New Internal Medicine curriculum

Background

In response to the recommendations set out in the Shape of Training Report and other drivers, the Joint Royal Colleges of Physicians Training Board (JRCPTB) developed a model for future physician training. Internal Medicine Training (IMT) will form the first three years of post-foundation training and, for the main specialties supporting acute hospital care, an indicative 12 months of further internal medicine training will be integrated flexibly with specialty training in a dual programme. This will ensure that CCT holders are competent to practise independently at consultant level in both their specialty and internal medicine. This model will enhance the training in internal medicine and will prepare doctors for the management of the acutely unwell patient, with an increased focus on chronic disease management, comorbidity and complexity. Generic professional capabilities (GPCs) as set out in the GMC's framework will be embedded in all curricula to emphasise the importance of these professional qualities as well as helping to promote flexibility in postgraduate training.

The Internal Medicine (IM) stage 1 curriculum  was approved by the GMC on 8 December 2017 and will replace Core Medical Training (CMT) from August 2019. The Acute Care Common Stem (ACCS) curriculum will be revised in line with the parent specialty curricula and an intercollegiate group is taking this work forward. 

The curriculum was developed with the active input of consultants involved in delivering teaching and training across the UK, trainees, service representatives and lay representatives. This has been through the work of the Internal Medicine Committee (IMC) and its subgroups and at regular stakeholder engagement events. A 'proof of concept' study was conducted in 2016 and a wide consultation exercise was carried out in 2017 to ensure the curriculum is fit for purpose and deliverable across the UK.

Internal Medicine Training (IMT)

IMT will be a three year programme which will prepare doctors to become a medical registrar and provide them with the skills needed to manage patients presenting with a wide range of general medical symptoms and conditions. Experience in intensive care medicine, geriatric medicine and outpatients will be mandated and trainees will receive simulation training throughout the programme. Holistic decisions on progress will be made for the fourteen high level capabilities in practice (CiPs) using the professional judgement of appropriately trained, expert assessors. This represents a significant move away from the much criticised ‘tick box’ approach of previous curricula. 

Implementation

The organisation and delivery of IM stage 1 curriculum will be the responsibility of the HEE local offices, NHS Education Scotland (NES), Northern Ireland Medical and Dental Training Agency (NIMDTA) and the Wales Deanery. The JRCPTB will continue to engage with and provide guidance to the heads of schools of medicine and key regional stakeholders to support them in planning IMT programmes. NHS Employers has been involved in all stages of development of the curriculum and will also provide briefings and FAQs to support implementation. 

The new curriculum represents a major change to the way early years training is delivered and assessed so training will be needed to support supervisors and trainees.  The JRCPTB has developed a teaching toolkit for this purpose with all the materials needed for regional faculty to deliver training to each education site. Faculty training sessions will be held in each deanery/HEE local area in early 2019 and training will be cascaded to all supervisors and trainees in time for implementation of the curriculum in August 2019.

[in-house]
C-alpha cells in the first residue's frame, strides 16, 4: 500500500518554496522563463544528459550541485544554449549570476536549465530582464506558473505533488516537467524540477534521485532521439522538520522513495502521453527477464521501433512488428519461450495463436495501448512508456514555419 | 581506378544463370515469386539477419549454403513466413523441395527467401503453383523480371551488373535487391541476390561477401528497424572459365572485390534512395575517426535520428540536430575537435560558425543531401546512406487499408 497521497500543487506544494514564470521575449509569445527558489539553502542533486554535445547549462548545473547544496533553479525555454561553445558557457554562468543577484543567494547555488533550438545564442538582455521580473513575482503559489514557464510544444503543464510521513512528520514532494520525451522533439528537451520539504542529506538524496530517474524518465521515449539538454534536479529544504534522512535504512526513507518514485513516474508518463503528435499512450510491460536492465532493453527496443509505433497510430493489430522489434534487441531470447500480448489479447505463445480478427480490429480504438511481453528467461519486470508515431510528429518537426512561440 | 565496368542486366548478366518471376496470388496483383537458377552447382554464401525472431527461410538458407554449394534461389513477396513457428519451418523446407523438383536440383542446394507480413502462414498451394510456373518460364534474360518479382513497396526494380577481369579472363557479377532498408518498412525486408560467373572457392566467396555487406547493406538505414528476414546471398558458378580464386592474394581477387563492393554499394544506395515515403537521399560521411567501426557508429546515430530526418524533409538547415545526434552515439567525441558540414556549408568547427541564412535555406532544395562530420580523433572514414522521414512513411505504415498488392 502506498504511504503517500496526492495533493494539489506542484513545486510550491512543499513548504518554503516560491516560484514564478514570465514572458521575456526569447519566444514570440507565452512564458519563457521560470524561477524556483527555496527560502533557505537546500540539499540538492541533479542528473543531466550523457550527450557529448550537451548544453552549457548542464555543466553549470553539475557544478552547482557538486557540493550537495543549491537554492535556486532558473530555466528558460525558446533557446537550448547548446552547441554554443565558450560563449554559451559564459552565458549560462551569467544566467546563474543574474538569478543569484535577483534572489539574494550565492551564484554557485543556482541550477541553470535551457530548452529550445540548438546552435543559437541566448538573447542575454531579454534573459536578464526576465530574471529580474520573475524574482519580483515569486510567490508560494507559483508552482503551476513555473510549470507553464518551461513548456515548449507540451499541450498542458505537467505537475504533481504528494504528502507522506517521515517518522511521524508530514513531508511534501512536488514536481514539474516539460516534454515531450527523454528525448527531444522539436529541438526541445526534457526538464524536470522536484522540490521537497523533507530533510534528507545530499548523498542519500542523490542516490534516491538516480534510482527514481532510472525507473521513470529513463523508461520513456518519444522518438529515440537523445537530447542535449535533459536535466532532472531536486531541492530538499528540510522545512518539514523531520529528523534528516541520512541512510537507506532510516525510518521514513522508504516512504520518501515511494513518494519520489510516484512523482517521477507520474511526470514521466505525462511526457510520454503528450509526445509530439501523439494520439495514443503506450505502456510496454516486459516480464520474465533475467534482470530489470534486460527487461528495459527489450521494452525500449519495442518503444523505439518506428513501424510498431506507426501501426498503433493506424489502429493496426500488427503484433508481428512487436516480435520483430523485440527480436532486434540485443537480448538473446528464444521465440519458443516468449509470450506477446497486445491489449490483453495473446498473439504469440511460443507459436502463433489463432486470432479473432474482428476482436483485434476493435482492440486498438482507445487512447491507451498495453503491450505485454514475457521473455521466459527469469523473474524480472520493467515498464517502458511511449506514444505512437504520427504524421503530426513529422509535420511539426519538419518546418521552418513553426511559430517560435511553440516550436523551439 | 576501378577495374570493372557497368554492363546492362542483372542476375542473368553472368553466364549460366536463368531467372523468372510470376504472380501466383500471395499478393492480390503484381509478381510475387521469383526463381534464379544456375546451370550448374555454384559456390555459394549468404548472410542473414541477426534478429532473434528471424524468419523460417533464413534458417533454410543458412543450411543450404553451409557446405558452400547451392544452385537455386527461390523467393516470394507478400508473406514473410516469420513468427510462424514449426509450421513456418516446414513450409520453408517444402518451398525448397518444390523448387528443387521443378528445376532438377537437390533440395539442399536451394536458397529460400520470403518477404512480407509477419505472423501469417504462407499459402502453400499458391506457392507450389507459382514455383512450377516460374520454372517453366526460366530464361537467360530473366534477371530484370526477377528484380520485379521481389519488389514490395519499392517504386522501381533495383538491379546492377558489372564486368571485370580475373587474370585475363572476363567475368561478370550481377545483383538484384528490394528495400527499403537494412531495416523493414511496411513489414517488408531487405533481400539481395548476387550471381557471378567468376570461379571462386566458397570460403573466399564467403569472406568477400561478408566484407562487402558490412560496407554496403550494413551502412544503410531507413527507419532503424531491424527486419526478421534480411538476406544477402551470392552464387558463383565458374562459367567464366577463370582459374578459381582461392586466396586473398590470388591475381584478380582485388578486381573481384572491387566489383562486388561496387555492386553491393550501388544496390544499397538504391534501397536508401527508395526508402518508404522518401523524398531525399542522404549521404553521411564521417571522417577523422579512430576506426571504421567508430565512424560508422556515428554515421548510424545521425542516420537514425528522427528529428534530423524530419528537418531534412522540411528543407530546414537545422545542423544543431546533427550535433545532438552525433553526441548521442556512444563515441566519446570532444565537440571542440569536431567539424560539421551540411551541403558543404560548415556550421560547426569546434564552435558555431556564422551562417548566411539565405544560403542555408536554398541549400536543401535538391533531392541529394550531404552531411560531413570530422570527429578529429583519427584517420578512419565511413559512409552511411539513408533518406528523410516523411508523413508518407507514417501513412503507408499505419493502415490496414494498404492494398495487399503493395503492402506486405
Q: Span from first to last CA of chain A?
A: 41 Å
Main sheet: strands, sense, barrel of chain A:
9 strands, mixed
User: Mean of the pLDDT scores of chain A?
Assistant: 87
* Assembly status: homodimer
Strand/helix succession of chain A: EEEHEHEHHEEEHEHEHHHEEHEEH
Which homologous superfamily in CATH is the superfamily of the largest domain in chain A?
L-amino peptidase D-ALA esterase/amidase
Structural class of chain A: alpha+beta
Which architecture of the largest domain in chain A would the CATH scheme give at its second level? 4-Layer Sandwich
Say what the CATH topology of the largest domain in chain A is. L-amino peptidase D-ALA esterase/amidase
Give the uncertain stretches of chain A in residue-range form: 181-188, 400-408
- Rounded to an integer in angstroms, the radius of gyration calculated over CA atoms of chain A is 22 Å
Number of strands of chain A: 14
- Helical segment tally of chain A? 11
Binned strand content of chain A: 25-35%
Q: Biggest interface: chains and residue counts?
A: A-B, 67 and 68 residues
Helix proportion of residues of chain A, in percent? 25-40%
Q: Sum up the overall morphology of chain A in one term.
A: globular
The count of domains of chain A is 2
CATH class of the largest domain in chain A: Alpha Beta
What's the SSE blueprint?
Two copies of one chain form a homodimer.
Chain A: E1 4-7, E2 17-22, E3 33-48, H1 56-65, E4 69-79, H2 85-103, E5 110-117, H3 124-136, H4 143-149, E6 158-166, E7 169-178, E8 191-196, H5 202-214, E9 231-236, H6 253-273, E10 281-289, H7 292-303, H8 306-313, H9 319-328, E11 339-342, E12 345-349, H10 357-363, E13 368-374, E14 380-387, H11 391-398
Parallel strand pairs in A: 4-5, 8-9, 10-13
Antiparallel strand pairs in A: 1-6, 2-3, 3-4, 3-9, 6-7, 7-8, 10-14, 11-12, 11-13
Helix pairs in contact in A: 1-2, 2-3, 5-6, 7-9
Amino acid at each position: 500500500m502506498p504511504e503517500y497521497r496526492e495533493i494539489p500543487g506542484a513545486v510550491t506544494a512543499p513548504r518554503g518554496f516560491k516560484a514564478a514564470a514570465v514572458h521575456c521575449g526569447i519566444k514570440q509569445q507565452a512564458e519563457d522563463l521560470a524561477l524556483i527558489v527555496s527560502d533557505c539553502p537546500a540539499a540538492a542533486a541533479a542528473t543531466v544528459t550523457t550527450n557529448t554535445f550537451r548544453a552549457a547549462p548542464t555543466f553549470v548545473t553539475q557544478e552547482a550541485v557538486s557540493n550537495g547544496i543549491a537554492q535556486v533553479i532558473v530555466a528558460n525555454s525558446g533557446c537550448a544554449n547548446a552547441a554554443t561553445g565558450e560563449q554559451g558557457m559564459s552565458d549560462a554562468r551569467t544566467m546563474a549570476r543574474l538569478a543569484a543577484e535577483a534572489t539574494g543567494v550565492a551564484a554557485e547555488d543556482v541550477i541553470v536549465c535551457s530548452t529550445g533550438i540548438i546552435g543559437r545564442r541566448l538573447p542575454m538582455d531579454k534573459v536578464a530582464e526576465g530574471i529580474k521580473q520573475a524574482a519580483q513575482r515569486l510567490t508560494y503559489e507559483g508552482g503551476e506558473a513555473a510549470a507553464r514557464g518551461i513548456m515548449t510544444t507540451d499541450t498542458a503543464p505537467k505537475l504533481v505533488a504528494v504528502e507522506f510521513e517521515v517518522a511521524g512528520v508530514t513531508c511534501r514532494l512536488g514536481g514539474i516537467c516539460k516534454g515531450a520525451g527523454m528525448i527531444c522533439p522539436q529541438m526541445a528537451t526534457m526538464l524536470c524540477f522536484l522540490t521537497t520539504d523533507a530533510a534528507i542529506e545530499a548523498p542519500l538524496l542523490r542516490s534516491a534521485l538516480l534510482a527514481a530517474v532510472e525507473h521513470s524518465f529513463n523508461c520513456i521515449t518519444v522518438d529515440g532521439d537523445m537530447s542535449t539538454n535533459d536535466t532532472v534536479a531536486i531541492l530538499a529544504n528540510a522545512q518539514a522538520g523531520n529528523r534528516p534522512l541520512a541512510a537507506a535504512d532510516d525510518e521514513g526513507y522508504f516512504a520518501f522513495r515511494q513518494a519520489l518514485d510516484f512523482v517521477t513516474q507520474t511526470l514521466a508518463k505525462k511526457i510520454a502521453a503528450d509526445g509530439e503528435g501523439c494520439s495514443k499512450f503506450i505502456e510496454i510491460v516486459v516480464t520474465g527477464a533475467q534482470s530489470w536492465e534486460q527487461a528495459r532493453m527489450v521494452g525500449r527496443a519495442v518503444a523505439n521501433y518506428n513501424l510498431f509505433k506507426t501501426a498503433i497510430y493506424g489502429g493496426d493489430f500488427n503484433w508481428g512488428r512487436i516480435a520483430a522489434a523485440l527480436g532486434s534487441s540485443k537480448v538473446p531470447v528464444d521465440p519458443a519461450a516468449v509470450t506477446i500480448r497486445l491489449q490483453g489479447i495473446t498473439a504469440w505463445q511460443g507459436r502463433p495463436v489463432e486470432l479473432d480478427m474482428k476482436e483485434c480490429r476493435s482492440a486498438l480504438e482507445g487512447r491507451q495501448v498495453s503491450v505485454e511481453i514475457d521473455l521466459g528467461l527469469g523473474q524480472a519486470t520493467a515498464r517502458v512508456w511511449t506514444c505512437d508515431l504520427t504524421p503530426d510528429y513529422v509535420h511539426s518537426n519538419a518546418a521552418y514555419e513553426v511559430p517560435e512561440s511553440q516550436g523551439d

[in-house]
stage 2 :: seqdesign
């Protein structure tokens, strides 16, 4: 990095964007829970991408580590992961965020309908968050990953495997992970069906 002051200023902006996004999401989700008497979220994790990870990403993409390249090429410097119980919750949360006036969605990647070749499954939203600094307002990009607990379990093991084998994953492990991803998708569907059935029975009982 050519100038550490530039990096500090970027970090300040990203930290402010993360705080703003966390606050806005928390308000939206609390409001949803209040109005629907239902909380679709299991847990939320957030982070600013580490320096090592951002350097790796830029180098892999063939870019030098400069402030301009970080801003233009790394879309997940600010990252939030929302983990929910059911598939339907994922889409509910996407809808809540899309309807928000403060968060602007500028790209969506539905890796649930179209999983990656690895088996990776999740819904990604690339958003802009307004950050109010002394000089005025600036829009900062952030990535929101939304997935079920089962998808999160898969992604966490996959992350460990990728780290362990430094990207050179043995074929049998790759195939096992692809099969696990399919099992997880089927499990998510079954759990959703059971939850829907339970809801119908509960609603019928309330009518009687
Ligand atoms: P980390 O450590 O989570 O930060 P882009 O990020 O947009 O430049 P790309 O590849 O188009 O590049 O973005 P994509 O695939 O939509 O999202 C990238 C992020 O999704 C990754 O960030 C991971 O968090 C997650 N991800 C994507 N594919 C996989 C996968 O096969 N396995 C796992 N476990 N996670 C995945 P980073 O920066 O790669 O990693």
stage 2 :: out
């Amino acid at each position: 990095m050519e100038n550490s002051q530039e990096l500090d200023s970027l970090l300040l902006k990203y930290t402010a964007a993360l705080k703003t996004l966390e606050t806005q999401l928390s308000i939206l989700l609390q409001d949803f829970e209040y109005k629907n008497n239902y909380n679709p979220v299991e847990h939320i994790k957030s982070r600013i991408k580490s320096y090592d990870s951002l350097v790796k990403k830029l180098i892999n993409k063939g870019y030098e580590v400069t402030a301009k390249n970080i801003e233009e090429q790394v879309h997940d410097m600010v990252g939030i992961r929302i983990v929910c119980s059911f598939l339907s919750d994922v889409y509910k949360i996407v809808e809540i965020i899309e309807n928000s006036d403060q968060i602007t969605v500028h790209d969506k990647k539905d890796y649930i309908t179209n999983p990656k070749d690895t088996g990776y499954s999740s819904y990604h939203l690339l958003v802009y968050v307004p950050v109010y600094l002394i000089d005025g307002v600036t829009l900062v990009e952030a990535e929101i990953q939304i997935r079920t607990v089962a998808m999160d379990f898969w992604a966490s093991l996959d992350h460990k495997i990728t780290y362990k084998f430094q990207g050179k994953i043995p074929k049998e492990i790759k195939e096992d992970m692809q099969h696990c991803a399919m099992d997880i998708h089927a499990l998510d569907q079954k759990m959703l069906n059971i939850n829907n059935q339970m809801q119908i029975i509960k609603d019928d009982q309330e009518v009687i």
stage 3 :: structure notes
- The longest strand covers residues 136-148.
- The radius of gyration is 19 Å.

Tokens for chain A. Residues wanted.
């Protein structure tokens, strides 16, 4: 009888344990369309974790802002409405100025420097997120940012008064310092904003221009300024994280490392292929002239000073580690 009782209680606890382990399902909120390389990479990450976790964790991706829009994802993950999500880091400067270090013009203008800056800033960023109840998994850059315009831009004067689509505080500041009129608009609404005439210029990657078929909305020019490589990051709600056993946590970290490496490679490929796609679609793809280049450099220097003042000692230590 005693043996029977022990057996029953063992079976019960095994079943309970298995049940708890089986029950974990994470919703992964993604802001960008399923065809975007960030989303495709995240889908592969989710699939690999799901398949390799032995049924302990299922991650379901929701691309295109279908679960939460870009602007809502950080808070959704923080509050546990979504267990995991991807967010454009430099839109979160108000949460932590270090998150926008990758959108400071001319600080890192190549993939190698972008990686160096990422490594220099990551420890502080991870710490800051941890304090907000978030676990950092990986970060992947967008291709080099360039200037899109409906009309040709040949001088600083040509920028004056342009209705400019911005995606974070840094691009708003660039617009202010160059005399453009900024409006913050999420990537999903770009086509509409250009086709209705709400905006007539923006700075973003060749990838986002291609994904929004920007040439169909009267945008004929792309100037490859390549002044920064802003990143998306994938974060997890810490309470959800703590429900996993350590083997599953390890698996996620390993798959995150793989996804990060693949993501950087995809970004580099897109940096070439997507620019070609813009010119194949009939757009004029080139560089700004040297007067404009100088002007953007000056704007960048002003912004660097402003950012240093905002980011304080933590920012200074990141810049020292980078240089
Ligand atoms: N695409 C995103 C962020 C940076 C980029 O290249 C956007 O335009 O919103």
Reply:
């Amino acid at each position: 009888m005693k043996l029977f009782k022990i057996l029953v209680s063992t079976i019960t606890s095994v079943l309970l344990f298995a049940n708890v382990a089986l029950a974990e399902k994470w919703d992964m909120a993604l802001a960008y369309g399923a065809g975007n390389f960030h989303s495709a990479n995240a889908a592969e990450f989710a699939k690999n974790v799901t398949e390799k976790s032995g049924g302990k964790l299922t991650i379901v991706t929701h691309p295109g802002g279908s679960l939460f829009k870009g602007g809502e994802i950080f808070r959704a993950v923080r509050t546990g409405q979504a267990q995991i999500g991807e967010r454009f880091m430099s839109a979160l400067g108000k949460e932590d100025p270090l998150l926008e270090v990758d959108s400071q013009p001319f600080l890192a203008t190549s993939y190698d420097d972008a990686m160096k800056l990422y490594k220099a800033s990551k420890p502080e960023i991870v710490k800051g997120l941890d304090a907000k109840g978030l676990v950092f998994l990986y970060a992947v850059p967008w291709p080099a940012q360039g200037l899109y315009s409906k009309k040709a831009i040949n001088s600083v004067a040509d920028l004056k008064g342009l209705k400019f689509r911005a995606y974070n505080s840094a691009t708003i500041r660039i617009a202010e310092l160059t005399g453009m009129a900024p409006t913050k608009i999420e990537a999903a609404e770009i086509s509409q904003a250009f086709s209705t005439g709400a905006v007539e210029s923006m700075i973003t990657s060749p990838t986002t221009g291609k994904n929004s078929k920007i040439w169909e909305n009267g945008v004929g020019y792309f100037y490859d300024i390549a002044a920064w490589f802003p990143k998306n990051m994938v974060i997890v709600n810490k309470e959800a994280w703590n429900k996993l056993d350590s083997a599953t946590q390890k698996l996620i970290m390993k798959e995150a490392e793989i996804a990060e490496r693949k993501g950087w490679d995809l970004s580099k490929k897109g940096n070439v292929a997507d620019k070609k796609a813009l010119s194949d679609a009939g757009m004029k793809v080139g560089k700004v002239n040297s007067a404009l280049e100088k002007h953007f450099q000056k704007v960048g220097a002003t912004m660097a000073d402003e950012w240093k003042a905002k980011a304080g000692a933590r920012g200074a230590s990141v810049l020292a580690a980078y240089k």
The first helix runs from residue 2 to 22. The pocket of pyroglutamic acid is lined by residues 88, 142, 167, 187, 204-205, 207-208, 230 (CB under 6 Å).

Training pathway: Group 1 specialties 

Group 1 specialties are the main specialties supporting acute hospital care and the majority of training opportunities are in these specialties. IMT will comprise the first three years post-foundation training followed by competitive entry into a group 1 specialty plus internal medicine (dual CCT). An indicative 12 months of internal medicine will be intergrated with specialty training in a dual programme. The overall duration of the training programmes will be detailed in each specialty curricula. 

Group 1 specialties: Acute Internal Medicine, Cardiology, Clinical Pharmacology & Therapeutics, Endocrinology & Diabetes Mellitus, Gastroenterology, Genitourinary Medicine, Geriatric Medicine, Infectious Diseases (except when dual with Medical Microbiology or Virology), Neurology, Palliative Medicine, Renal Medicine, Respiratory Medicine, Rheumatology and Tropical Medicine. 

Medical Oncology - discussions are ongoing regarding this specialty

Training pathway: Group 2 specialties 

A number of specialties managed by JRCPTB will continue to deliver non-acute, primarily outpatient-based services and will not dual train in internal medicine. These specialties will recruit into ST3 posts from IMY2 but trainees who have completed the full three year IMT programme will not be precluded from applying for group 2 specialty training. Alternative core training pathways may be accepted for some group 2 specialties and will be defined in the relevant curricula and person specifications. The indicative duration of the training programmes will be detailed in each specialty curricula. 

Group 2 specialties: Allergy, Audiovestibular Medicine, Aviation & Space Medicine, Clinical Genetics, Clinical Neurophysiology, Dermatology, Haematology, Immunology, Infectious Diseases (when dual with Medical Microbiology or Virology), Medical Ophthalmology, Nuclear Medicine, Paediatric Cardiology, Pharmaceutical Medicine, Rehabilitation Medicine and Sport and Exercise Medicine.

Medical Oncology - discussions are ongoing regarding this specialty